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CDC HIV/AIDS/Viral Hepatitis/STD/TB Prevention News Update

ALABAMA: Trial Begins on Isolation of HIV-Positive Inmates (San Francisco) (09.17.12)

Although the HIV virus is no longer the death sentence it once was considered to be, Alabama prisons continue to isolate inmates who have tested positive for it, said ACLU attorney Margaret Winter on September 17. On behalf of the HIV-positive inmates, ACLU attorney Winter requested U.S. District Judge Myron Thompson to end the longstanding Alabama prison policy of isolating inmates who are HIV-positive. Attorney Bill Lunsford, representing Alabama prisons, stated that the HIV-positive prisoners are kept together in separate dormitories for men and women, but that they can participate in most of the programs available to other inmates. The ACLU attorney argued, however, that the policy violates the Americans with Disabilities Act, because it prohibits HIV-positive inmates from participating in some programs that would help their rehabilitation, particularly in obtaining food service jobs. The lawyers are presenting their cases before Judge Thompson in a trial of a federal lawsuit challenging the Alabama prisons' policy of segregating HIV-positive prison inmates.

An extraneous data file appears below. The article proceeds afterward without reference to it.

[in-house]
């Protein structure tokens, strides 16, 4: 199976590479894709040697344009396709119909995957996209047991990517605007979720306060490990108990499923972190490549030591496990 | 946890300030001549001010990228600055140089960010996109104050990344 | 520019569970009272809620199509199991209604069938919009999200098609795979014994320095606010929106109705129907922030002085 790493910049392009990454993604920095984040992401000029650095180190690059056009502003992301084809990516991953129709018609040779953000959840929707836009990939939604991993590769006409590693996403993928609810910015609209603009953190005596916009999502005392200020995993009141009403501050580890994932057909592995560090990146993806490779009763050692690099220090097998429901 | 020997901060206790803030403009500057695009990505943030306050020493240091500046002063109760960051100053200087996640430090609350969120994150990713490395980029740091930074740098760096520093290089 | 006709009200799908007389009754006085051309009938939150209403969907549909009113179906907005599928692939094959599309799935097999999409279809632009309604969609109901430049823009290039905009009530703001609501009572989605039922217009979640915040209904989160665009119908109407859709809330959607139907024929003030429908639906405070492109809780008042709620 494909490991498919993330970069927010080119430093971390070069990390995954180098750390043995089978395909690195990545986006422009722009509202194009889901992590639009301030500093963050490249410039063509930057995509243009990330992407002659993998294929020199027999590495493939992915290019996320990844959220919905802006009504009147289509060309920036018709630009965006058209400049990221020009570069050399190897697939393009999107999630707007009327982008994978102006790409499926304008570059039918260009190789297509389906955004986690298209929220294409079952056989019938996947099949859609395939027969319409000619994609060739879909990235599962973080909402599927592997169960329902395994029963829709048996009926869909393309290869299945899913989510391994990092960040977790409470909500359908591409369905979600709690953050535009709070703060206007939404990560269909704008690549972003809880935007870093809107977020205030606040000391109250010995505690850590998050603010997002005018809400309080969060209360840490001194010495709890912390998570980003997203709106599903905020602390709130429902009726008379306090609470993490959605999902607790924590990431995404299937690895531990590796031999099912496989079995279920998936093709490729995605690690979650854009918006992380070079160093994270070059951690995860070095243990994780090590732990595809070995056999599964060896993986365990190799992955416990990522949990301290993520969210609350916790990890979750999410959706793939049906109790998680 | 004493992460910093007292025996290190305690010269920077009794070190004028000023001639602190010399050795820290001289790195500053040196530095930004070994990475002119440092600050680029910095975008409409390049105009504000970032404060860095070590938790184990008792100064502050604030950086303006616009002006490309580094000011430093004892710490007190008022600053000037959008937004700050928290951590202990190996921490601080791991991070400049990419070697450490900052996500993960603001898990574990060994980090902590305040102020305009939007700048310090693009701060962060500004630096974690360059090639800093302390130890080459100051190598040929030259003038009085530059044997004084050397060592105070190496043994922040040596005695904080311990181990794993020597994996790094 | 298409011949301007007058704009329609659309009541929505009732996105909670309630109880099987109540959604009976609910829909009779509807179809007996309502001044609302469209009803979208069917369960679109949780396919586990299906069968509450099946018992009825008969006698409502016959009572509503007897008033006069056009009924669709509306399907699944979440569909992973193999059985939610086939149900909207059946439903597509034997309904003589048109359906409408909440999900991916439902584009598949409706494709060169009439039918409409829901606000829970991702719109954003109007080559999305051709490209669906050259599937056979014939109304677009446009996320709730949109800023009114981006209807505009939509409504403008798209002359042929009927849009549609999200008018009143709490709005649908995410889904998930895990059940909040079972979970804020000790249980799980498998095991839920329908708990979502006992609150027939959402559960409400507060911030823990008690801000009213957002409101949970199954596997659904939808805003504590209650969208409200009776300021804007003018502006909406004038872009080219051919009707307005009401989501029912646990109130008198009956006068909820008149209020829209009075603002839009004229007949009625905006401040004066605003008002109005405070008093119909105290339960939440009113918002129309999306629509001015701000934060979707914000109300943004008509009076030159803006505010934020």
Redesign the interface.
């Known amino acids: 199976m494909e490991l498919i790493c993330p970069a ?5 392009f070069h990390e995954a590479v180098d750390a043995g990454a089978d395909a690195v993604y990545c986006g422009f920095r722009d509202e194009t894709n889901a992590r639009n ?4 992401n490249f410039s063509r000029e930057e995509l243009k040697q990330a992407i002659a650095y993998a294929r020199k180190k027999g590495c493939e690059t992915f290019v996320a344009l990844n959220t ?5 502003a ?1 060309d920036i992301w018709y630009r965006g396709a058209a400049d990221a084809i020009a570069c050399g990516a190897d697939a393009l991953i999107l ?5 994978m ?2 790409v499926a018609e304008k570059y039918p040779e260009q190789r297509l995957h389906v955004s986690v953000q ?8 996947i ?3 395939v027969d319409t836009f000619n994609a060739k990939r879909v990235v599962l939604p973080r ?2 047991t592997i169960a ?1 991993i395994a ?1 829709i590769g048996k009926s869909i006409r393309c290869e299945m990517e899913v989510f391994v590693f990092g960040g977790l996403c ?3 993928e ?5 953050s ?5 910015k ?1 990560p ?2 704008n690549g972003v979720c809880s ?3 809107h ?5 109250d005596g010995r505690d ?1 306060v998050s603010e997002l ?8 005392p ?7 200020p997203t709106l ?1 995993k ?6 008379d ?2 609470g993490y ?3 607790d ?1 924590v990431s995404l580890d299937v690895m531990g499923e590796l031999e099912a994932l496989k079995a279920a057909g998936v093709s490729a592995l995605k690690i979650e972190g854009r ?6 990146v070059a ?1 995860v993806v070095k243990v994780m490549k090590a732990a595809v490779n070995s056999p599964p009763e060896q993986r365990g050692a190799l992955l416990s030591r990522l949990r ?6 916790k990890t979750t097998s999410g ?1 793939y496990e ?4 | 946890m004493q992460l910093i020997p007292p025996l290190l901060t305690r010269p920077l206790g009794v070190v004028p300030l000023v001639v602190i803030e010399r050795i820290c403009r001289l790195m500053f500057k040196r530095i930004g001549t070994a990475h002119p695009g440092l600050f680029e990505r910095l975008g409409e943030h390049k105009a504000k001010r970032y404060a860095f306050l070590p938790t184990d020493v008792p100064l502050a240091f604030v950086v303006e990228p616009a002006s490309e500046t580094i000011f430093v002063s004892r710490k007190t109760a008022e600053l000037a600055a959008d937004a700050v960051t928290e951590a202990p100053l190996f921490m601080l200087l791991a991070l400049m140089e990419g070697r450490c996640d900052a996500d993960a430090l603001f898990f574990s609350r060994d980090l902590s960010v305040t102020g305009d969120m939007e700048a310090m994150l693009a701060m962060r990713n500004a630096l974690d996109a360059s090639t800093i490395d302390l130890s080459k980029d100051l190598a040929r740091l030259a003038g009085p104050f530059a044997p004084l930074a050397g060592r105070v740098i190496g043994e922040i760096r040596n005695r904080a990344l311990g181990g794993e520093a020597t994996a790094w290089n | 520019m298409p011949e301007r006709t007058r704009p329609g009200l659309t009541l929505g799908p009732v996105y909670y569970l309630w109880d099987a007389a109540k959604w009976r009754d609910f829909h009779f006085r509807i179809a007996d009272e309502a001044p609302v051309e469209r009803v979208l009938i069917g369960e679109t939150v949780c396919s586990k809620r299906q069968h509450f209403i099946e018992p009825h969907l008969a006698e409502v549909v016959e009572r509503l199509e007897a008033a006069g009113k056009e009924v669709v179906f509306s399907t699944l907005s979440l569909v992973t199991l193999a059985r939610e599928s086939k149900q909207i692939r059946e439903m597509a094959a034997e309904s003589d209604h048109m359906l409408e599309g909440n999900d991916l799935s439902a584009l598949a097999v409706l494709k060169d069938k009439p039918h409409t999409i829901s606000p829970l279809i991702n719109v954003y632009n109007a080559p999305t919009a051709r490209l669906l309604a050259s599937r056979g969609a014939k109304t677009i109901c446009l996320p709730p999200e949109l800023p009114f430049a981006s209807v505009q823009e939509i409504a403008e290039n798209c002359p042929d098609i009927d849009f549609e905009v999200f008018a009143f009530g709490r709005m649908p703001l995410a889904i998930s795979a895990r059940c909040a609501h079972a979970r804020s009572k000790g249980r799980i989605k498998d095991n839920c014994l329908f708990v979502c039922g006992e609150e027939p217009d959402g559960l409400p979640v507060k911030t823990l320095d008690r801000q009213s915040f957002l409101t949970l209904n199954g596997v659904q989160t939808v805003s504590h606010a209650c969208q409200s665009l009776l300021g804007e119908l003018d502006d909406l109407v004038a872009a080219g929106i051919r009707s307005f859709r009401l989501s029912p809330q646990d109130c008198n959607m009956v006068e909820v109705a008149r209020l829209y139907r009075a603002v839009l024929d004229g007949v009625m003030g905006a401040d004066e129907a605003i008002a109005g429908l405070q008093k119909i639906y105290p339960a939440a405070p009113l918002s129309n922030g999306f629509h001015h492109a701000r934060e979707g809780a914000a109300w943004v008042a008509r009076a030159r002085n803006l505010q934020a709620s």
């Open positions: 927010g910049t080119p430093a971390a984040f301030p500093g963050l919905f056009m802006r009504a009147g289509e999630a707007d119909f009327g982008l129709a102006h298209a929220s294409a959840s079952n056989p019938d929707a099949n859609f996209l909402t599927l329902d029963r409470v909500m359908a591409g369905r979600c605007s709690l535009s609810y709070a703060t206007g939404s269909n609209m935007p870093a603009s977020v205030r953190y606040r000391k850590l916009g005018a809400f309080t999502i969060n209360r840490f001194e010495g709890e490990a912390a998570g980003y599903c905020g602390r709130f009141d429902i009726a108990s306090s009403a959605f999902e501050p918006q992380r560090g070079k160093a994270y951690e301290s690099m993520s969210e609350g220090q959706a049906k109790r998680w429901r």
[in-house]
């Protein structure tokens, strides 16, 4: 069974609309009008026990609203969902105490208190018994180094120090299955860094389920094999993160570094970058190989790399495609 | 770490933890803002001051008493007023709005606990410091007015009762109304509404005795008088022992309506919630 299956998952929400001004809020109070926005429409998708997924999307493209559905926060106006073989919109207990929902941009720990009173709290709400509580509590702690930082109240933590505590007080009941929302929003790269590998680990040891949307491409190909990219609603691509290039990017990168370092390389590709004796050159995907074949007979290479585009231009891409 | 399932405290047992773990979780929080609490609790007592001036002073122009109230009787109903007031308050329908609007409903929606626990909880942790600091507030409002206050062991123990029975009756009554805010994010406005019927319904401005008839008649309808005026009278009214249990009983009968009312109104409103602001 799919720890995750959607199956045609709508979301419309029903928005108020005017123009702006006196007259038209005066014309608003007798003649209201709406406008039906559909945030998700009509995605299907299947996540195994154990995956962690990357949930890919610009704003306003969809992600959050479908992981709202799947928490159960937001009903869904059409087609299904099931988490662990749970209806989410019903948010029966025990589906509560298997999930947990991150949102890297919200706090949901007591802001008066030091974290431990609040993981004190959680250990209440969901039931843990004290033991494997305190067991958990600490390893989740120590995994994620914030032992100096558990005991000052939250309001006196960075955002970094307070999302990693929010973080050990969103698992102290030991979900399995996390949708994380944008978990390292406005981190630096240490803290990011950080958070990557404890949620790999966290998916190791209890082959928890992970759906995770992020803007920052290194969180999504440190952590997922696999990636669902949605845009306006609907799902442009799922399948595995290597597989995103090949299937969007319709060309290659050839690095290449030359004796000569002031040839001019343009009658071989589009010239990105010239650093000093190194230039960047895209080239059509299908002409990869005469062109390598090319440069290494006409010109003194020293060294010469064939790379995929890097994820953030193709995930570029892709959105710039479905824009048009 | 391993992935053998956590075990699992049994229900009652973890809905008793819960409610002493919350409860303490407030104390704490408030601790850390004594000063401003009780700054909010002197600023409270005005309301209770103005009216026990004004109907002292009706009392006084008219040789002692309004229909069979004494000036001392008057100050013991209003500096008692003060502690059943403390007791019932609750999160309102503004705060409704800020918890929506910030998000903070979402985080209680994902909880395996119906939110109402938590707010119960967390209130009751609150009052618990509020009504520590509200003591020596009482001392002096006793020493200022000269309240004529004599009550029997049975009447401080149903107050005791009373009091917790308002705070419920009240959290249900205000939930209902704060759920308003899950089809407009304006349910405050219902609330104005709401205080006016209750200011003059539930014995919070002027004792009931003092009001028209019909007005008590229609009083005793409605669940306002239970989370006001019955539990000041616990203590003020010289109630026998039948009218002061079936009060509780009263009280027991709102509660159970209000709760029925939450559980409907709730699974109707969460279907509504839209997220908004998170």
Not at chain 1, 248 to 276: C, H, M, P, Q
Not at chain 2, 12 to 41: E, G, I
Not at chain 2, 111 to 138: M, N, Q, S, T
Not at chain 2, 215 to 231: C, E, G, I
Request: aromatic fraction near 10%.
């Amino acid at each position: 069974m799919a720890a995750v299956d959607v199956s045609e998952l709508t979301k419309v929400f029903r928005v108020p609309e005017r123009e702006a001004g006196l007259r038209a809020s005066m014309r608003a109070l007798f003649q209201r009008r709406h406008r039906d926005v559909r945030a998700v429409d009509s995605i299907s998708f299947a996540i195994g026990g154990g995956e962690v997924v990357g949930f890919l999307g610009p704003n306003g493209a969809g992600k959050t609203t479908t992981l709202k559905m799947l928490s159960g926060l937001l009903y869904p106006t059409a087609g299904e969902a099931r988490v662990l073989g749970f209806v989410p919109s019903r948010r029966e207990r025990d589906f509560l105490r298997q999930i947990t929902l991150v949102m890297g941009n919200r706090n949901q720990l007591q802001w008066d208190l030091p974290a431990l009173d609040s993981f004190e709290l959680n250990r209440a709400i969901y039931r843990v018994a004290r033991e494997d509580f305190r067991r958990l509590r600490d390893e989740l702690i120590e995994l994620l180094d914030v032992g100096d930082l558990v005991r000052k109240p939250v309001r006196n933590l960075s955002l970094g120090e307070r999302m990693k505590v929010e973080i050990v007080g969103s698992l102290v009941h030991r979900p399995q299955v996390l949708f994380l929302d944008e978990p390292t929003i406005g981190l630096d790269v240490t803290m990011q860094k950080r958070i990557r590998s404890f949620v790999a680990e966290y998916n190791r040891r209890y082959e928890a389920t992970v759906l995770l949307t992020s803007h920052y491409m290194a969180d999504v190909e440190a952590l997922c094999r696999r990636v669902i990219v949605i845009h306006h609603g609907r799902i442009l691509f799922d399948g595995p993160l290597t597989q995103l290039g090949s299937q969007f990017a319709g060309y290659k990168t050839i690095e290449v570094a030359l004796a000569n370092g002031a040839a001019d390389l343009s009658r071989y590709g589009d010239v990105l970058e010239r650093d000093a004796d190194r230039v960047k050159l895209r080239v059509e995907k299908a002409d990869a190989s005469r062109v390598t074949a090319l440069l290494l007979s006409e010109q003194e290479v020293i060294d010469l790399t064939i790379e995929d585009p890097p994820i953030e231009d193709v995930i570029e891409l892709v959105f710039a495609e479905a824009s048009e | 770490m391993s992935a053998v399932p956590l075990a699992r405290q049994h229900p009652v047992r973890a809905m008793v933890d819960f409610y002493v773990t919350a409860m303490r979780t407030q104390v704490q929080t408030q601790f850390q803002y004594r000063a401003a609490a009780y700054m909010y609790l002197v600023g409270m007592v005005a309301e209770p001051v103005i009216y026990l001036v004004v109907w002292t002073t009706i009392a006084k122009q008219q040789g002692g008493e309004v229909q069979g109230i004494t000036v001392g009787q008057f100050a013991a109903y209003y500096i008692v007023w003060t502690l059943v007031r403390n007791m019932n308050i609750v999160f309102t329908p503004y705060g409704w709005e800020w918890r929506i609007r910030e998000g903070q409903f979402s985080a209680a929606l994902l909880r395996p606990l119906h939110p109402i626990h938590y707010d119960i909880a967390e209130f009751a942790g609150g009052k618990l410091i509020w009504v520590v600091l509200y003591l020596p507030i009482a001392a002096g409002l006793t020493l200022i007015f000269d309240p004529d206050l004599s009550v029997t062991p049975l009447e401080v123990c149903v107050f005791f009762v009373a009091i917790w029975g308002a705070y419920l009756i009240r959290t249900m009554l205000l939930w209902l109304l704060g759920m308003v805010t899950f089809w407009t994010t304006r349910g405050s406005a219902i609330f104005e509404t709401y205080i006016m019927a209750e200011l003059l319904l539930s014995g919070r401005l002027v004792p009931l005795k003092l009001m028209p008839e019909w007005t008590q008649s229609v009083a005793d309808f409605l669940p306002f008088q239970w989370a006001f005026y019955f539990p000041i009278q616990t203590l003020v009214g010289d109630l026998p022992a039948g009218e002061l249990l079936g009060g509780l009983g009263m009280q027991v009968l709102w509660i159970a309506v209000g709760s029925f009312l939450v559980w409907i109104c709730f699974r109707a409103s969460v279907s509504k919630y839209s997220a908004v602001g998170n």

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Information in this article was accurate in September 19, 2012. The state of the art may have changed since the publication date. This material is designed to support, not replace, the relationship that exists between you and your doctor. Always discuss treatment options with a doctor who specializes in treating HIV.